The economic stimulus bill passed by Congress on February 12, 2009 includes robust whistleblower protections to ensure that employees of private contractors and state and local governments can disclose waste, fraud, gross mismanagement or a violation of law related to stimulus funds. This article summarizes the key provisions of Senator McCaskill’s (D-Mo.) whistleblower protection amendment to the stimulus bill (“McCaskill Amendment”).
The McCaskill Amendment applies to private contractors, state and local governments, and other non-Federal employers that receive a contract, grant or other payment appropriated or made available by the stimulus bill.
Broad Scope of Protected Conduct
Protected conduct includes a disclosure to a person with supervisory authority over the employee, a State or Federal regulatory or law enforcement agency, a member of Congress, a court or grant jury, the head of a Federal agency, or an inspector general information that the employee reasonably believes evidences:
- Gross mismanagement of an agency contract or grant relating to stimulus funds;
- A gross waste of stimulus funds;
- A substantial and specific danger to public health or safety related to the implementation or use of stimulus funds;
- An abuse of authority related to the implementation or use of stimulus funds; or
- A violation of a law, rule, or regulation that governs an agency contract or grant related to stimulus funds.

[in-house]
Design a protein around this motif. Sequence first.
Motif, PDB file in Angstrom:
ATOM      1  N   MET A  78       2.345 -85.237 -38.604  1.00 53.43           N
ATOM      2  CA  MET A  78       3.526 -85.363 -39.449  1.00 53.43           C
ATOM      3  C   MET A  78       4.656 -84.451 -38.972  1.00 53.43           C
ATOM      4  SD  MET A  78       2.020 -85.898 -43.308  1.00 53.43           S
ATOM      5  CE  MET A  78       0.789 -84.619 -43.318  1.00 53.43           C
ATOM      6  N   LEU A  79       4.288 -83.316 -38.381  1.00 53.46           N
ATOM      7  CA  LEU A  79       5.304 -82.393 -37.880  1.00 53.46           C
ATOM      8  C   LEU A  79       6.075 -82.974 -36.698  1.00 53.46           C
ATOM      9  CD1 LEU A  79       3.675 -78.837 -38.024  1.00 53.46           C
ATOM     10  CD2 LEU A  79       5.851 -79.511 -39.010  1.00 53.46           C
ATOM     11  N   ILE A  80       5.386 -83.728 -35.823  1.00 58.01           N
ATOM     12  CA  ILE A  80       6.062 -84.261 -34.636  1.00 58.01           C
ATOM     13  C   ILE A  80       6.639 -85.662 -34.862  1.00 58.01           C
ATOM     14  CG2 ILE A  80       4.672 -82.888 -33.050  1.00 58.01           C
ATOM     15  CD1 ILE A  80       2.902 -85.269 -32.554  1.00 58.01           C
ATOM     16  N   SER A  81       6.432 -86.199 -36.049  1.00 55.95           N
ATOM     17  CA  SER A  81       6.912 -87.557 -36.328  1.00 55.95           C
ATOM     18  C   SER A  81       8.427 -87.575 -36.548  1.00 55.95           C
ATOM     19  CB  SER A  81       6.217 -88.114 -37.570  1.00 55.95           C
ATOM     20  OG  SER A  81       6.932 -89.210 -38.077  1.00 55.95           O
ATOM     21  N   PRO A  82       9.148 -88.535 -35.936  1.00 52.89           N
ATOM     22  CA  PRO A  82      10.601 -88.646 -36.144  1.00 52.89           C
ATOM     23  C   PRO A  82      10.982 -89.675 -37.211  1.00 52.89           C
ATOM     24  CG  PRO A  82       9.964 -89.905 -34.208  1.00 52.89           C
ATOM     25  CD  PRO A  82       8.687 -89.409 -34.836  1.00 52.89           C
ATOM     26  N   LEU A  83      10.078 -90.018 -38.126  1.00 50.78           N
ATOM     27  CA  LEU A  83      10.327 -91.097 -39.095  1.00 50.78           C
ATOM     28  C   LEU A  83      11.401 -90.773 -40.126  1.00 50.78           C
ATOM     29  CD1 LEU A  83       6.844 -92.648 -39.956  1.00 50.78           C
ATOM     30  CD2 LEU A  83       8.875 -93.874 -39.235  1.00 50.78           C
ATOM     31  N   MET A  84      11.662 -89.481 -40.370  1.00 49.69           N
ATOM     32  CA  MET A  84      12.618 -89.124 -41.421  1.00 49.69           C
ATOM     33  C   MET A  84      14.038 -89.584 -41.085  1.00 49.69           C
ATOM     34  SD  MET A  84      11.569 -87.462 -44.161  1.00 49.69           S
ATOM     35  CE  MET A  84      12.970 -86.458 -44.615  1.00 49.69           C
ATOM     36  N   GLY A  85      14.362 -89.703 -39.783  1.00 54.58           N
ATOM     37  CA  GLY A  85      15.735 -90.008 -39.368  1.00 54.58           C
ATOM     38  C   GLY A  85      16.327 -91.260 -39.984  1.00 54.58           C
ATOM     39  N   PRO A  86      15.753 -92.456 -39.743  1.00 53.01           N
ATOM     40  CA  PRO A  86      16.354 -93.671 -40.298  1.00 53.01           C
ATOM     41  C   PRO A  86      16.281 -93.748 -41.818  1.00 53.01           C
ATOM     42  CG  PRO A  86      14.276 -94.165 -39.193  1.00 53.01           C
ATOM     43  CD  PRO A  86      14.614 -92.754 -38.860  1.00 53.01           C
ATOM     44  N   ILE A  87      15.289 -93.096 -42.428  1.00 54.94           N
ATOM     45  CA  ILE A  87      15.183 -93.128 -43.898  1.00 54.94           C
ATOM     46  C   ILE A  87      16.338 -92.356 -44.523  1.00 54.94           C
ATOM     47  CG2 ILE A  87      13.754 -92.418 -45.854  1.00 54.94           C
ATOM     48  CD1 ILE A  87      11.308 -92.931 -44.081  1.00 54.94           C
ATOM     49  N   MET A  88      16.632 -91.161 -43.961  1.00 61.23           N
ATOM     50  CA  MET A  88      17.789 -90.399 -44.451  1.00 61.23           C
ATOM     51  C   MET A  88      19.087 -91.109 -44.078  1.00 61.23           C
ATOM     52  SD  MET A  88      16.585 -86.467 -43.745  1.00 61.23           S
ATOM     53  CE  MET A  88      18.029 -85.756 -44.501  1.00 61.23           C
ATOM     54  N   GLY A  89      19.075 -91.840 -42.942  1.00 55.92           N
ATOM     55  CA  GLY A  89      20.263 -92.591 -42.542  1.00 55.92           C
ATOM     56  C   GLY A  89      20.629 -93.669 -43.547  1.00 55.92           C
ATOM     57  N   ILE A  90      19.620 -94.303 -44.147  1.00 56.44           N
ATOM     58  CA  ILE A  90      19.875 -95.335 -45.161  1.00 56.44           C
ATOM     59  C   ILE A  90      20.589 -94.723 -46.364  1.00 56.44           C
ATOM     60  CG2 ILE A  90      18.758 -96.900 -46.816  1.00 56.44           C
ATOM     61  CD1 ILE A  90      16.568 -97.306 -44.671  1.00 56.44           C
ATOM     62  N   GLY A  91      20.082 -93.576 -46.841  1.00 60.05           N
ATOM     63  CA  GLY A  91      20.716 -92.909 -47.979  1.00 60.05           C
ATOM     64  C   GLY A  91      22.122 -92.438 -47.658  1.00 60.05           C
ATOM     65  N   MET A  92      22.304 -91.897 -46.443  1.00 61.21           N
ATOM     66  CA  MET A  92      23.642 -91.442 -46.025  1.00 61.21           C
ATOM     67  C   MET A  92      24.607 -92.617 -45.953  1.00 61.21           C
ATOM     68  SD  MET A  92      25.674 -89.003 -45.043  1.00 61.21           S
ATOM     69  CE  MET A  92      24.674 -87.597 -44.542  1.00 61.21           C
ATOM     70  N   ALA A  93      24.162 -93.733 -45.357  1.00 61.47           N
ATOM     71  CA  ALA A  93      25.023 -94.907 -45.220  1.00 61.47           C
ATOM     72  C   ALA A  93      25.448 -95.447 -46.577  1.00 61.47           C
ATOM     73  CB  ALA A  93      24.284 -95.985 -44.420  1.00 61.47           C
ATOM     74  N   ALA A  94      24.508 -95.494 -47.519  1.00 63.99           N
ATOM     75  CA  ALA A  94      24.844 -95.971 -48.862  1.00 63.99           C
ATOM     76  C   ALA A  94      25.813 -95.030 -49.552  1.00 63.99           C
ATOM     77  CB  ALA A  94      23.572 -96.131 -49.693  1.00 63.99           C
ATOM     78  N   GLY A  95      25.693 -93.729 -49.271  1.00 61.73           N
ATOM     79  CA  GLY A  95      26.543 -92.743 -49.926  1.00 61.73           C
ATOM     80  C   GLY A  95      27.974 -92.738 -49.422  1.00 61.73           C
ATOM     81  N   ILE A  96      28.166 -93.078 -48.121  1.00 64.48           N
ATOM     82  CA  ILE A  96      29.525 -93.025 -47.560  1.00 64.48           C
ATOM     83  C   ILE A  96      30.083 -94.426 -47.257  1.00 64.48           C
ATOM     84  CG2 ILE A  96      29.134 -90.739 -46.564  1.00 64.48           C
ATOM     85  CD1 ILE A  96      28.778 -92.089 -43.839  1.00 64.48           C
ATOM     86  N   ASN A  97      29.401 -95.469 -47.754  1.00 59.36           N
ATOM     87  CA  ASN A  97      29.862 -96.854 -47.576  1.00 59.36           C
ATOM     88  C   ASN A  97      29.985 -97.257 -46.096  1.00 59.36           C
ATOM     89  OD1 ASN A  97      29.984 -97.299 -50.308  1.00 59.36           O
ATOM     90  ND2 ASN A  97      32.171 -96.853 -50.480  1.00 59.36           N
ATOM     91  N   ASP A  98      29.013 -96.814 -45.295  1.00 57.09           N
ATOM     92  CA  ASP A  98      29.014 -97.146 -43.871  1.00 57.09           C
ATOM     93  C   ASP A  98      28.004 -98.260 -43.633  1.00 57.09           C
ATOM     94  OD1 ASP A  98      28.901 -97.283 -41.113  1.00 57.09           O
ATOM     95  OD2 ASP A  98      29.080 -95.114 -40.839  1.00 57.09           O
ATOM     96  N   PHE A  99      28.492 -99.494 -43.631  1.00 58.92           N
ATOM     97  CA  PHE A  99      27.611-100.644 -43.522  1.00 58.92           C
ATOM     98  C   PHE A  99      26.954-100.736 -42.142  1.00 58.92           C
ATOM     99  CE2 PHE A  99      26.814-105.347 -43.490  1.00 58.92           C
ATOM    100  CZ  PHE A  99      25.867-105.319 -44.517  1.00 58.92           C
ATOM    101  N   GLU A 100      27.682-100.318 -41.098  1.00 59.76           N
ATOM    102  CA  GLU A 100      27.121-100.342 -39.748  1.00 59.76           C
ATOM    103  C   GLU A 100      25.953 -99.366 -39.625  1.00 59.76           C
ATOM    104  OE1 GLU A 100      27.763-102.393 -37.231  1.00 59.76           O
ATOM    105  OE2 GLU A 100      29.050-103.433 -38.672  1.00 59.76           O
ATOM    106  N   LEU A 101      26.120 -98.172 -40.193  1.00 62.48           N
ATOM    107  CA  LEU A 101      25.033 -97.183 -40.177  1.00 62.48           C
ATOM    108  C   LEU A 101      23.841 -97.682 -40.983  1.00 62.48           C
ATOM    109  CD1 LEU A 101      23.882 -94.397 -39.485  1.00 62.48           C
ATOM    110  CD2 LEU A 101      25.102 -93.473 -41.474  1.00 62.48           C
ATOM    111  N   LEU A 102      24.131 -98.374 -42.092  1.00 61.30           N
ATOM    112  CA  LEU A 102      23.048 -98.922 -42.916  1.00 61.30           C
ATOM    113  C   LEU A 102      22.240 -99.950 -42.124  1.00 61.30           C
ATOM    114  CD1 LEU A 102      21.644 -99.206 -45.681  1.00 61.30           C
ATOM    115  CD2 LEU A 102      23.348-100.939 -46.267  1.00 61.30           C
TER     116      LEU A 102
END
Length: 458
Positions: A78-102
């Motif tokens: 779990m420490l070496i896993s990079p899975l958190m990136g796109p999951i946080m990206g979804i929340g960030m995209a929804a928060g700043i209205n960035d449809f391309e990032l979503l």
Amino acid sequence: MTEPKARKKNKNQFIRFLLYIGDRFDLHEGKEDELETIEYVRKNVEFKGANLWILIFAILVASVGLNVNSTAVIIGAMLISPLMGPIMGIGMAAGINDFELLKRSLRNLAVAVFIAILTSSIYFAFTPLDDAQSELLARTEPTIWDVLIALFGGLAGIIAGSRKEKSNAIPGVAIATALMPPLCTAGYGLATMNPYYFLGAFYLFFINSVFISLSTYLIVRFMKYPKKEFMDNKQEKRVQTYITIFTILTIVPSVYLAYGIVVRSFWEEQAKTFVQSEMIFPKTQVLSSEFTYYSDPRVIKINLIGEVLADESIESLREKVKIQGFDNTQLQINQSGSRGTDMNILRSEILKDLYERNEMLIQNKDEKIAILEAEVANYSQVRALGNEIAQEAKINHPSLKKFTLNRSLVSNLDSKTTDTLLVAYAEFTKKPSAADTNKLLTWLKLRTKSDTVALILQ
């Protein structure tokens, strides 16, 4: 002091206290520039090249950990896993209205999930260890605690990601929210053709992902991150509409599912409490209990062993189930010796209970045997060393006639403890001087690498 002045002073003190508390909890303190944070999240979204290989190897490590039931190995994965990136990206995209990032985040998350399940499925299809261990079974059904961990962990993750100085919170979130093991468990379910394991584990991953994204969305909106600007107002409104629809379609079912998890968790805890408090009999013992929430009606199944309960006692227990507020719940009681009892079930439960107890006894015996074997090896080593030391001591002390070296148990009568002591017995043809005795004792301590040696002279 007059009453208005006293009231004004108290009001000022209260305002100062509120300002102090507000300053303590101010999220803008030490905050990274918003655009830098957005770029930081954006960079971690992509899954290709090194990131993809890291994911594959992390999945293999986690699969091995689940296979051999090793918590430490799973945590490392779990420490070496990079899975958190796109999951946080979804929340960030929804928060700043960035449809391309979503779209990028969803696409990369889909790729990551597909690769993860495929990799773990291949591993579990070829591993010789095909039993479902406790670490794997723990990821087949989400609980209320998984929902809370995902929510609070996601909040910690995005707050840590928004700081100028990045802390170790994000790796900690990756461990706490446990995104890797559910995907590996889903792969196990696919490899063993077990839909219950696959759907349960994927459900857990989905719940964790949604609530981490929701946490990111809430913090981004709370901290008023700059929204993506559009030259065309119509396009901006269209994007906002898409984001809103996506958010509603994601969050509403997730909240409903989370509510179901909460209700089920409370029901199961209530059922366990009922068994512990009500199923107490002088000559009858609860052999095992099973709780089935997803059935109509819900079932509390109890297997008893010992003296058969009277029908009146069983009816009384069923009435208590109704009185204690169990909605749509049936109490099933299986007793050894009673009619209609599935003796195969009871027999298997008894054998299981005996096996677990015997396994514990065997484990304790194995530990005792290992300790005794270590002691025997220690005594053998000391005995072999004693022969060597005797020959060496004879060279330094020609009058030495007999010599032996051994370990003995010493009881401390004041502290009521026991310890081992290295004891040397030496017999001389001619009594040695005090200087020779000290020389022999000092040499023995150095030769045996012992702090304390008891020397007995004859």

Significantly, internal disclosures are protected, which is a substantial expansion of two current analogous whistleblower protection laws protecting contractors, both of which do not expressly cover internal disclosures. See 10 U.S.C. § 2409; 41 U.S.C. § 265. The McCaskill Amendment specifically protects so-called “duty speech” whistleblowing, i.e., disclosures made by employees in the ordinary course of performing their job duties. Courts will likely apply a standard of objective reasonableness from analogous whistleblower protection laws, such as Section 806 of the Sarbanes-Oxley Act, 18 U.S.C. § 1514A, which evaluates the reasonableness of a belief based on the knowledge available to a reasonable person in the same factual circumstances with the same training and experience as the aggrieved employee.
Prohibited Acts of Retaliation
The McCaskill Amendment prohibits a broad range of retaliatory employment actions, including termination, demotion, or any other discriminatory act, which includes any act that would dissuade a reasonable person from engaging in protected conduct. See Burlington N. & Santa Fe R.R. Co. v. White, 548 U.S. 53 (2006).
Employee-Favorable Burden of Proof
To prevail in a whistleblower action under the McCaskill Amendment, an employee need not show that the protected conduct was a significant or motivating factor in the reprisal, but instead must merely prove that the protected conduct was a “contributing factor” to the reprisal. The Amendment specifically clarifies that an employee can meet the “contributing factor” standard through temporal proximity or by demonstrating that the decision-maker knew of the protected disclosure. An employer can avoid liability by demonstrating by “clear and convincing evidence,” a high evidentiary burden, that it would have taken the same action in the absence of the employee engaging in protected conduct.
A prevailing employee is entitled to “make whole” relief, which includes: (1) reinstatement; (2) back pay; (3) compensatory damages; and (4) attorneys’ fees and litigation costs. Where an agency files an action in federal court to enforce an order of relief for a prevailing employee, the court may also award exemplary damages.
Administrative Exhaustion Requirement and Right to a Jury Trial